Why people fake profiles in social media

Techworld and ComputerWorld recently reported an incident that shows the risks of engaging with strangers via social networks. Thomas Ryan from security company Provide Security (with a generic name like that I feel for their SEO person) created a fake profile for a woman named Robin Sage, who posed as a Navy cyberthreat analyst and tried to befriend around 300 real people in the US military, defence contractors, infosec companies and intelligence agencies. It was a 28-day experiment that was to be showcased at the BlackHat USA 2010 conference, which finished yesterday.

These incidents are a sobering reminder of how easy it is to conduct social engineering for nefarious purposes. Fortunately, no real damage was done other than having the accounts cancelled (Facebook also banned Ryan permanently and closed his account). The fake LinkedIn profile is still visible in the Google cache.

Intelligence Gathering

However, DarkReading.com, a security-related website provided more details about a serious incident caused by this fake Robin Sage. A soldier in Afghanistan had uploaded digital photos that were taken during his deployment. While we see such images every day in the news media, getting hold of the actual image file reveals a lot of metadata embedded by the camera. High-end cameras such as my Panasonic Lumix ZS7/TZ10 (well, it’s at the high end of the non-SLRs) also have a GPS receiver that can be switched on to store the camera’s geographical coordinates when the image was taken.

In most cases, the enemy knows the positions of Coalition army patrols in their region, but they usually wouldn’t know where covert, elite units such as the US Army Rangers operate. If a series of images can be plotted on a map to reveal a route, the implications are chilling.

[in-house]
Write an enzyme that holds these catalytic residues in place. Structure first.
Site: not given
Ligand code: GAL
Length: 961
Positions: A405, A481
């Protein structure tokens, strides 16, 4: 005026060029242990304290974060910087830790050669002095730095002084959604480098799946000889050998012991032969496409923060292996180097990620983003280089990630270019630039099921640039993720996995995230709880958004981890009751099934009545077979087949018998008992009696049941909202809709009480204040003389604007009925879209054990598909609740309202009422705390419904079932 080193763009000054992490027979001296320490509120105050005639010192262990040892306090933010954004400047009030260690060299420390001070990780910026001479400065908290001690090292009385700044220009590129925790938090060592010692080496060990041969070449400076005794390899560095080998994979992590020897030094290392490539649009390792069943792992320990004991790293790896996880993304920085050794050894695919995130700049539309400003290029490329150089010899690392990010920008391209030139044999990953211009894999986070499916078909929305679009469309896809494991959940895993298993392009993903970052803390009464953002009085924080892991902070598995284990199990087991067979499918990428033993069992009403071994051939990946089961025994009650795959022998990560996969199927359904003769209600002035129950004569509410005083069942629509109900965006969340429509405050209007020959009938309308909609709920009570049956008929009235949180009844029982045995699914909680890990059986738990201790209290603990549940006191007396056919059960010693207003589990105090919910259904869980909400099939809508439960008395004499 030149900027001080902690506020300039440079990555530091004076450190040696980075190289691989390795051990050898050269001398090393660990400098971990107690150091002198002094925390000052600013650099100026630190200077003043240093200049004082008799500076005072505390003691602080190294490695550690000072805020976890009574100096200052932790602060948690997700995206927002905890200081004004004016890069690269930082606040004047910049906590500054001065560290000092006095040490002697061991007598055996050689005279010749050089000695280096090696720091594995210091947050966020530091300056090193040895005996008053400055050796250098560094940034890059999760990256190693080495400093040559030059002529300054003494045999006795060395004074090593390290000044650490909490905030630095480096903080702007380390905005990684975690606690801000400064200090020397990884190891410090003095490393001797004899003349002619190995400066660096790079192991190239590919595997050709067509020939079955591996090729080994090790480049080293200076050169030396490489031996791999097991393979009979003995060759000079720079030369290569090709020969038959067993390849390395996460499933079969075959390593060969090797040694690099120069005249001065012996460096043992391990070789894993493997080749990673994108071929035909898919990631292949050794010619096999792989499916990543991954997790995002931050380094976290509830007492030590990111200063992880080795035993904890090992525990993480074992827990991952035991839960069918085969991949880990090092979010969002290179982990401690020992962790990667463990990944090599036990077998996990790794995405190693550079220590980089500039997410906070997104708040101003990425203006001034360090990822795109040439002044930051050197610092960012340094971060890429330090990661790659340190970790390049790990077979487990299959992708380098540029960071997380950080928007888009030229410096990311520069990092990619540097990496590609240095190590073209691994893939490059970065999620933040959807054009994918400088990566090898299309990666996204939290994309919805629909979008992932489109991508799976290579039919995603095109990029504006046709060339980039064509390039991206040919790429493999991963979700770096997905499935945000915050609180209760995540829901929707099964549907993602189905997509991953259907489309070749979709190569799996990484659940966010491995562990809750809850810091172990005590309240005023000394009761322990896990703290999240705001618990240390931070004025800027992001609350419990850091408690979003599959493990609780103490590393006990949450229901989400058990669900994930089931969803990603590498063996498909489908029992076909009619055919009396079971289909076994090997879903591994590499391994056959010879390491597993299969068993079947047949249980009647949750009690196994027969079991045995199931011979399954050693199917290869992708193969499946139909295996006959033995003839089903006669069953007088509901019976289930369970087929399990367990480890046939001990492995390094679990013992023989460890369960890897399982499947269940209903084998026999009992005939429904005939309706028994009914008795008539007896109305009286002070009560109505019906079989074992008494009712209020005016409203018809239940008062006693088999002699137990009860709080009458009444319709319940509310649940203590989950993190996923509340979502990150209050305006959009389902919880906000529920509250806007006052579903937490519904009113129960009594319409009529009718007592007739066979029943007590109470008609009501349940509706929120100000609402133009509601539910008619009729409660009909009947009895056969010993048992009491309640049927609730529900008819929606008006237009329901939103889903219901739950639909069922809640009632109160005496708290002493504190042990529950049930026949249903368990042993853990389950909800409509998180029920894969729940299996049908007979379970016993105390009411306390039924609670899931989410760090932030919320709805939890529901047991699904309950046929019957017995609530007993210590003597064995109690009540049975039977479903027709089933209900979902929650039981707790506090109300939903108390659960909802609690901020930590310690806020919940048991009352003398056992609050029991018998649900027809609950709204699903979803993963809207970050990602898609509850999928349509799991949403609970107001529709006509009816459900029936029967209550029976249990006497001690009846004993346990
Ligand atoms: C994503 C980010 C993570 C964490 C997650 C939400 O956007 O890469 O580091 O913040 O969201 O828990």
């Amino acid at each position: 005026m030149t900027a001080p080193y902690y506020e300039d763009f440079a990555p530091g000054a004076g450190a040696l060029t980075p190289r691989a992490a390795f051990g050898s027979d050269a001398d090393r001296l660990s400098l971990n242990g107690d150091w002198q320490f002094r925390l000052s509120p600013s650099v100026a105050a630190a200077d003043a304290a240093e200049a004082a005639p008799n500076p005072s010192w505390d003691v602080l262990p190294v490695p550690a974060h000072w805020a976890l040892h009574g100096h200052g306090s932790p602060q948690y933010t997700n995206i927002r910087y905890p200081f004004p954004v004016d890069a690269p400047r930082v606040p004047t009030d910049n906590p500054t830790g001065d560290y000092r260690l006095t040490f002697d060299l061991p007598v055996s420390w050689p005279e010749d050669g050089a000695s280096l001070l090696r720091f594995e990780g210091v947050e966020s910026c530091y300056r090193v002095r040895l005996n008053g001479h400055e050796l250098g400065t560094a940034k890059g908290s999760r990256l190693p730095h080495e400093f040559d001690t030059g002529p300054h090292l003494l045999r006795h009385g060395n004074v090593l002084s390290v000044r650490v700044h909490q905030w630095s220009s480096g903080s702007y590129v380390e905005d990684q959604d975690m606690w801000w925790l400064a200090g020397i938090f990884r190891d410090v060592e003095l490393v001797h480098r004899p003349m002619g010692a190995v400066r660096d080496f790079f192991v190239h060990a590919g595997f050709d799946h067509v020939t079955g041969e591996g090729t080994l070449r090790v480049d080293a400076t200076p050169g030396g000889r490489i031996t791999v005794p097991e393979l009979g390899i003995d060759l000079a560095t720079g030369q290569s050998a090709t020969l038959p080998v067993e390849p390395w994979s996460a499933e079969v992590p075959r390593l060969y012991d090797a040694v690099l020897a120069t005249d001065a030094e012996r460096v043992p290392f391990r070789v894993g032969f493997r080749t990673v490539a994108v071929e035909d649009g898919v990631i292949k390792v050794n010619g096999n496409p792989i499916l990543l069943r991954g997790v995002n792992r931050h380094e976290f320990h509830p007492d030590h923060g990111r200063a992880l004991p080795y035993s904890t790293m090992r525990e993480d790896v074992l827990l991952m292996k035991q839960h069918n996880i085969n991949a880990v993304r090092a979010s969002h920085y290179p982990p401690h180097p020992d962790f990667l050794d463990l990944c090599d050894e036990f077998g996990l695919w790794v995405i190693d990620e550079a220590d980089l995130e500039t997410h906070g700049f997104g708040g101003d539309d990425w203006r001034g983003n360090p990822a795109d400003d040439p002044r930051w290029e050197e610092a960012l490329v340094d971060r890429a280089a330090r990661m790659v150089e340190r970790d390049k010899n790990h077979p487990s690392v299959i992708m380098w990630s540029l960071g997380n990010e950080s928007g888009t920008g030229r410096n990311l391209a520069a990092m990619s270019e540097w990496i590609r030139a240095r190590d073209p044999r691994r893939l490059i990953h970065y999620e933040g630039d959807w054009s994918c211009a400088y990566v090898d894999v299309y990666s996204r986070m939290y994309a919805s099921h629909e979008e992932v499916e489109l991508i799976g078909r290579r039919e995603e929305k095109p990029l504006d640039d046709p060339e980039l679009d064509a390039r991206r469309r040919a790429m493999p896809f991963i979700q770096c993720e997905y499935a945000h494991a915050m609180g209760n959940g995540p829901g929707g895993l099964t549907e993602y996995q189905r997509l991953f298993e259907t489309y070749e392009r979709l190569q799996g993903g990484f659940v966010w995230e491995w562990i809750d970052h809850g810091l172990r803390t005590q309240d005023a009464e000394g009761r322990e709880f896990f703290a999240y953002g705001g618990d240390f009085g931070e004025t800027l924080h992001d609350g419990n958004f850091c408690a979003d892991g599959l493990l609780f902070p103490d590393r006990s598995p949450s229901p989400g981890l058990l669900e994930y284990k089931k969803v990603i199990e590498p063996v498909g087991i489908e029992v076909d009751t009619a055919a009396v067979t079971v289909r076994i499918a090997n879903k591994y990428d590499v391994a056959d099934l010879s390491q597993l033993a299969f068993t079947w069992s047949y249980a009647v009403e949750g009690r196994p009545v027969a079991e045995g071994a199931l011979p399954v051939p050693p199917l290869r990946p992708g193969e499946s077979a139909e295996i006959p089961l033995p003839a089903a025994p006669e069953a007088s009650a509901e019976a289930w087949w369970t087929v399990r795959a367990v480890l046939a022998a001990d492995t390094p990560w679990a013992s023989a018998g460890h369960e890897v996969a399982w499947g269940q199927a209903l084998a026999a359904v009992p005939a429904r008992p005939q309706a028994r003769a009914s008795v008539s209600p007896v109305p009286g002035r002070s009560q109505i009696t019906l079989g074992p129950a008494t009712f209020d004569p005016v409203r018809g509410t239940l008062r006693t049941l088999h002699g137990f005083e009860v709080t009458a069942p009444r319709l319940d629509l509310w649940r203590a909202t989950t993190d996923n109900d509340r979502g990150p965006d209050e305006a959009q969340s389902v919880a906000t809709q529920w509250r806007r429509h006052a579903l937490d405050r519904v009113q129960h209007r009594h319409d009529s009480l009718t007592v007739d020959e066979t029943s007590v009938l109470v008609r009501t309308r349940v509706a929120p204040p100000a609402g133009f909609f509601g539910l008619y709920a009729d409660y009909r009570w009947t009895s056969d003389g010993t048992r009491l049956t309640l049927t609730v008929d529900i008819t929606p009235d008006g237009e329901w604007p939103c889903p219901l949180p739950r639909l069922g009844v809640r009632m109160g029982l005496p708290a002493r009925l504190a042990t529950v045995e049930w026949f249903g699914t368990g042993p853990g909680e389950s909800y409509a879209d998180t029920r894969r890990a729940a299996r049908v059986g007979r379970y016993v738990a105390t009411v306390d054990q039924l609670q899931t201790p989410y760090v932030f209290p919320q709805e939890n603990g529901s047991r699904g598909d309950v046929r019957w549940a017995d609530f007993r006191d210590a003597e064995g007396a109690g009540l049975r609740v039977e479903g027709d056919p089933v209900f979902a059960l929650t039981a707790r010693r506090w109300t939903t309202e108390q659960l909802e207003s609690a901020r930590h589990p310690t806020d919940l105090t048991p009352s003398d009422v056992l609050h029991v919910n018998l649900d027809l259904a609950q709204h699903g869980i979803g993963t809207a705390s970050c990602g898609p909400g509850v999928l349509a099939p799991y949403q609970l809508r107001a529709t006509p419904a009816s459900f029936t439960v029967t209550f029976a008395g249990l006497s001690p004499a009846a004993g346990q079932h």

Ryan took some trouble to create a Twitter account some months ago (cached page) and a Blogger account. Robin Sage is the name of the final training exercise before a Green Beret is awarded. He left a few obvious flaws in her profile such as having a 10-year working history and being 25 years old. The attractive photo undoubtedly eased her ability to gain connections, including some who worked in the same facility!

A few weeks ago the US and Russia swapped some spies. The Russians caught in the US included some who faked their profiles – Yahoo News.



According to another article in a military publication Armed with Science Ryan obtained enough information from one of the connections to be able to answer security questions about his bank account such as “what was my first car?”.

Scary, if your online image trail includes your mother’s maiden name (think of genealogy data) and other data that is commonly used to answer security questions. Just because your social network is discussing pets, think before revealing your first pet’s name (particularly if you are using a real name).

The Evil Twin

Speaking of real names, it is possible for a real person to be impersonated by another. Known as the “evil twin” attack, people who are not active online are particularly vulnerable. Think of everybody you know who knows your date of birth, mother’s maiden name, names of teachers, etc. Other than family, this would include your classmates. Some of them might have photographs of you that can be used to beef up a fake profile. By searching online, it is easy to find references to the victim such as hobbies, sports teams followed, home address, etc. Once the evil twin connects with the friends of the victim using a network such as Facebook, additional connections will come unsolicited, once friends of friends assume they are connecting with someone they know.